I Wish I Had Been There: European History


Byron Hollinshead and Theodore K. Rabb




Date Reviewed:

September 12, 2009

he premise of this book is intriguing: twenty prominent historians were asked this question: "If you could witness one event in European History, what would that event be, and why?" The responses are the twenty essays in this book. The sub-title of this book is Book 2: European History; this is a companion volume to Book 1, which was American History. I will have to hunt down Book 1. Hopefully they write a Book 3 on Asian History, and Book 4 on Latin America, and Book 5 on the Middle East.

History can be such a fascinating subject; it is too bad the subject is often taught by uninspired teachers in our classrooms. Memorizing dates is dull, but when we are told the significance of events and learn the reasons for the actions of famous people and what consequences resulted - that is what makes history interesting. That is the reason the History Channel gets a big audience.

Not all twenty essays in this book were appealing to me, but most were pretty good. The first essay describes the death of Alexander the Great (which takes place in Asia, not Europe, but I am still glad this story was included in this book.) After Alexander the Great died, his empire fell apart. Alexander was still a young man when he died (was he poisoned?) - what new conquests would he have undertaken? Already his empire stretched from Greece, to Egypt, and all the way across the Middle East to India. This essay made me want to learn more about Alexander the Great, I will have to find the definitive book on his career.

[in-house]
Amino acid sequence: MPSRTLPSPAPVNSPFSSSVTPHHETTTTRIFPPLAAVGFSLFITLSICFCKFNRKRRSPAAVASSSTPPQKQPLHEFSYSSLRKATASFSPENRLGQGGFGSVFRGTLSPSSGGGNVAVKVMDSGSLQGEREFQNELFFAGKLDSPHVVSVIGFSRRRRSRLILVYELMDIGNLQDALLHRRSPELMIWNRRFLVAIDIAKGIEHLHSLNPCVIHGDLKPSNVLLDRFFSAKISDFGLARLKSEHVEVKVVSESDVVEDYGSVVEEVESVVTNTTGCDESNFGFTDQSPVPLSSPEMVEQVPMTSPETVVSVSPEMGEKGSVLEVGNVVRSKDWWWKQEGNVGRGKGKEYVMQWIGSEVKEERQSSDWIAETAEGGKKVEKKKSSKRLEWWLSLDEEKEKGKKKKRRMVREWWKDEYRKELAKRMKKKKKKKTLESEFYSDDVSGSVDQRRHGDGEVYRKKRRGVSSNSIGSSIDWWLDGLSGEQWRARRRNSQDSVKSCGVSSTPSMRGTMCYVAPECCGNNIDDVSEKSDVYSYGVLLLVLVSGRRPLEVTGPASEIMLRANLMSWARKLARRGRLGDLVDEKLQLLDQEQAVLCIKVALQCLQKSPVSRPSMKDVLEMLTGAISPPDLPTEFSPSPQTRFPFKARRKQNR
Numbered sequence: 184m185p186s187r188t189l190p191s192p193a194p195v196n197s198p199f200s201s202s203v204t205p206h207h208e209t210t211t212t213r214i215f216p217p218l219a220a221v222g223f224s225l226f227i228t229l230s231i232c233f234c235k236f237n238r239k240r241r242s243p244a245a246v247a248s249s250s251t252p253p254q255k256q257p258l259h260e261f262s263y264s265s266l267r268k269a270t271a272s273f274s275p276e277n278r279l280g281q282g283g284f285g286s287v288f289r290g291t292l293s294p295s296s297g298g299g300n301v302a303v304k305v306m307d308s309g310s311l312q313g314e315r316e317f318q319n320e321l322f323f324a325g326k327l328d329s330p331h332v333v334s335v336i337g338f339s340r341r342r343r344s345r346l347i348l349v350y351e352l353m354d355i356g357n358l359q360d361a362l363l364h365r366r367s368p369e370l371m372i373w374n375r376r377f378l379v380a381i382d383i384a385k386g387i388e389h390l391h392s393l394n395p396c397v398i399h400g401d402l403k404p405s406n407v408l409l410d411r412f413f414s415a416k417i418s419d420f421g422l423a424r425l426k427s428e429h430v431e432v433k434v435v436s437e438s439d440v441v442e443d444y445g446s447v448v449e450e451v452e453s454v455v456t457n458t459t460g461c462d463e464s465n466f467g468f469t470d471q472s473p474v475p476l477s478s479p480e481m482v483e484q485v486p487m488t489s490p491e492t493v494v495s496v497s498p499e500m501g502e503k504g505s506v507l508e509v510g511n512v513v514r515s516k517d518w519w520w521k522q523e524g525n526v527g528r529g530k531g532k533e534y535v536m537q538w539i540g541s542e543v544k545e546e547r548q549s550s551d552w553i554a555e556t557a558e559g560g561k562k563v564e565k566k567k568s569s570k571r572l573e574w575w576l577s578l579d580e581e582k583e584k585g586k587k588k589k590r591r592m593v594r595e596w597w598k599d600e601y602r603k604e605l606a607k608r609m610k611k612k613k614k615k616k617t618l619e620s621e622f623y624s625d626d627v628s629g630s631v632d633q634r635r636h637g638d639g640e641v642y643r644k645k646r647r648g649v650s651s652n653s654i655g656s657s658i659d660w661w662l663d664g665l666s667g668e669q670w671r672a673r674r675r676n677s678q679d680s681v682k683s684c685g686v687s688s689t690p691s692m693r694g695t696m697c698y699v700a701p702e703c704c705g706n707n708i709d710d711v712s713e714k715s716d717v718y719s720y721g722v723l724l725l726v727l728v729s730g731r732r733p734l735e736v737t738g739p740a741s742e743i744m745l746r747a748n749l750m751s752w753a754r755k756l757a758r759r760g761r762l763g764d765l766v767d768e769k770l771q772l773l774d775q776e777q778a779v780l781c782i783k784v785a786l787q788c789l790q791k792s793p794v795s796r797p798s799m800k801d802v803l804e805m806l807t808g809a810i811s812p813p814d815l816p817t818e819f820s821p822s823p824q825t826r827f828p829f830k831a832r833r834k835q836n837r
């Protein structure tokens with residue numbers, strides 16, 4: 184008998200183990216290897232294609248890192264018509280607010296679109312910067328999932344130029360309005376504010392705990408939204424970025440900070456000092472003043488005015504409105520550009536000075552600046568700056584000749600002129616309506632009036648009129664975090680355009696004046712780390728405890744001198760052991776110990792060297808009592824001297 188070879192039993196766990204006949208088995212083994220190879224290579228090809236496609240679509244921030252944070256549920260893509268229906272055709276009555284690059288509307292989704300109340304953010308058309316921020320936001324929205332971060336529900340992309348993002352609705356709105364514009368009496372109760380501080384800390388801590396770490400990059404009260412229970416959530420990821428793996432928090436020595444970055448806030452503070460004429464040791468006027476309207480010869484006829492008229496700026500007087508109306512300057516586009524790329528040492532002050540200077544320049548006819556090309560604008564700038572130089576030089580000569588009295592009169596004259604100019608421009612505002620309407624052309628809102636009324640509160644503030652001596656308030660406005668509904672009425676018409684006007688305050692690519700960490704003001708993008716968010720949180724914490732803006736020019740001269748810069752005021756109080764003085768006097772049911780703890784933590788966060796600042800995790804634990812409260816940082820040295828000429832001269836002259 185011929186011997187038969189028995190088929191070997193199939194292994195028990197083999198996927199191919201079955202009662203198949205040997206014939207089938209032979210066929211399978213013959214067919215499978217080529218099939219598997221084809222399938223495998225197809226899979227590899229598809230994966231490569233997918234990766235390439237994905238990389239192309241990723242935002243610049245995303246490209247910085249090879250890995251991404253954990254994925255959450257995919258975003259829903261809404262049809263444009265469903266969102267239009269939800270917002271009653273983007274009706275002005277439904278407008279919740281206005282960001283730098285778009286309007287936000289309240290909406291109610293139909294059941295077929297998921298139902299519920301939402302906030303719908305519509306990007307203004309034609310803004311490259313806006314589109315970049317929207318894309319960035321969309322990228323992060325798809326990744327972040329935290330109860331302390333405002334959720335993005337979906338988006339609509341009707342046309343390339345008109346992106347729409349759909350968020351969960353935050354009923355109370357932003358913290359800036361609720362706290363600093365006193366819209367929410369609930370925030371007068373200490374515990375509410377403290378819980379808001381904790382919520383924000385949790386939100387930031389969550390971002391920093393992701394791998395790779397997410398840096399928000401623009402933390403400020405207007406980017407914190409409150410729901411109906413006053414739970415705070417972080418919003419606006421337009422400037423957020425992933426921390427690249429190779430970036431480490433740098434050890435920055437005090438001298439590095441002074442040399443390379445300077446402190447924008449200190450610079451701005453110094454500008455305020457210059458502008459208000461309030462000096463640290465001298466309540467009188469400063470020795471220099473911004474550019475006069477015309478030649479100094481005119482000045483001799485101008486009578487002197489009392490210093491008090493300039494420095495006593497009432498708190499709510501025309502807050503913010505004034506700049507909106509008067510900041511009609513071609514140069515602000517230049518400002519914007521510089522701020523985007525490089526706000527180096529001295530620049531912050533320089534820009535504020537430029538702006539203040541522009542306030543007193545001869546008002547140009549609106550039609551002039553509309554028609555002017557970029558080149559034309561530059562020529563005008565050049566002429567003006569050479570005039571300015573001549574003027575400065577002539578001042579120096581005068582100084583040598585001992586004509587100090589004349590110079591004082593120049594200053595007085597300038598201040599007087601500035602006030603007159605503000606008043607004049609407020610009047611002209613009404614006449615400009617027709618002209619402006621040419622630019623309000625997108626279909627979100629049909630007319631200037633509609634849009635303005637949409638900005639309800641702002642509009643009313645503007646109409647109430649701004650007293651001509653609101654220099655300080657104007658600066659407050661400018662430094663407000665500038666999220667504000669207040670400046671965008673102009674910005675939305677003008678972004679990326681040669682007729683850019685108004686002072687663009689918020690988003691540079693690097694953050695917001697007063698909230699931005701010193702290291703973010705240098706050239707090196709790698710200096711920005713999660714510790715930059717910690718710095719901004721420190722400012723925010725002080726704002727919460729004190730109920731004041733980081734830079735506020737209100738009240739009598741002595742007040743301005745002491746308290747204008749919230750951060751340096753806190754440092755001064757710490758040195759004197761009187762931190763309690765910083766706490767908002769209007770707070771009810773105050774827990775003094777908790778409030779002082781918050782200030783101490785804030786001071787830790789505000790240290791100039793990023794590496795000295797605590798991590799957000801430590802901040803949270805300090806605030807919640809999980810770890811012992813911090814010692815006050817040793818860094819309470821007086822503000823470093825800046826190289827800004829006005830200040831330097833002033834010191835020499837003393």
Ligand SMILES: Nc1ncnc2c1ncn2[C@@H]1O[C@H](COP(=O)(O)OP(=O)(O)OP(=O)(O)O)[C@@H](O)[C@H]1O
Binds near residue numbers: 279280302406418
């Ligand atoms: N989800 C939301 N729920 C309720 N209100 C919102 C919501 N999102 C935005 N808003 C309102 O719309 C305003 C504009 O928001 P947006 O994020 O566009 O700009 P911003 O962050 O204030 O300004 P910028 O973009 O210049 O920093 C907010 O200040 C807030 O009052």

My favorite essay was by Tom Holland, describing Hannibal's crossing of the Alps with his war elephants. Yes, like Tom Holland, I too would like have to witnessed that epic event. I realize that I know almost nothing about the Punic Wars (Carthage vs Rome), other than that Rome eventually won and utterly demolished Carthage. Here is another subject about which I will have to read more.

Other essays that were intriguing: the description of Charlemagne's crowning as the Holy Roman Emperor on Christmas Day in 800 A.D.; the explanation of the likely authors of the Magna Carta and how and why it came to be written; the story of the resistance by the Florence citizens to the invading army of Charles VIII; the council of war by the leaders of the Spanish Armada after the disasterous first day of the battle; the story of the acting of Shakespeare's play Richard II at the Globe Theater in Feb 1601, and why that was important to the Earl Essex, who plotted to overthrow Queen Victoria; the background of Sir Isaac Newton's publication of the Principia; and the description of the post-WW1 peace treaty - and how Europe and the Middle East were reconfigured in the post war world, and the consequences that still echo today.

With only twenty essays, obviously there will be topics left out, but I was suprised that some huge topics were completely ignored: the Byzantium Empire, the Black Death, the Crusades, the revolutions of 1848, the birth of democracy in Greece. Other than the story of Hannibal, the 1000 year history of Rome is ignored. Perhaps there will be another book in this series to cover those topics.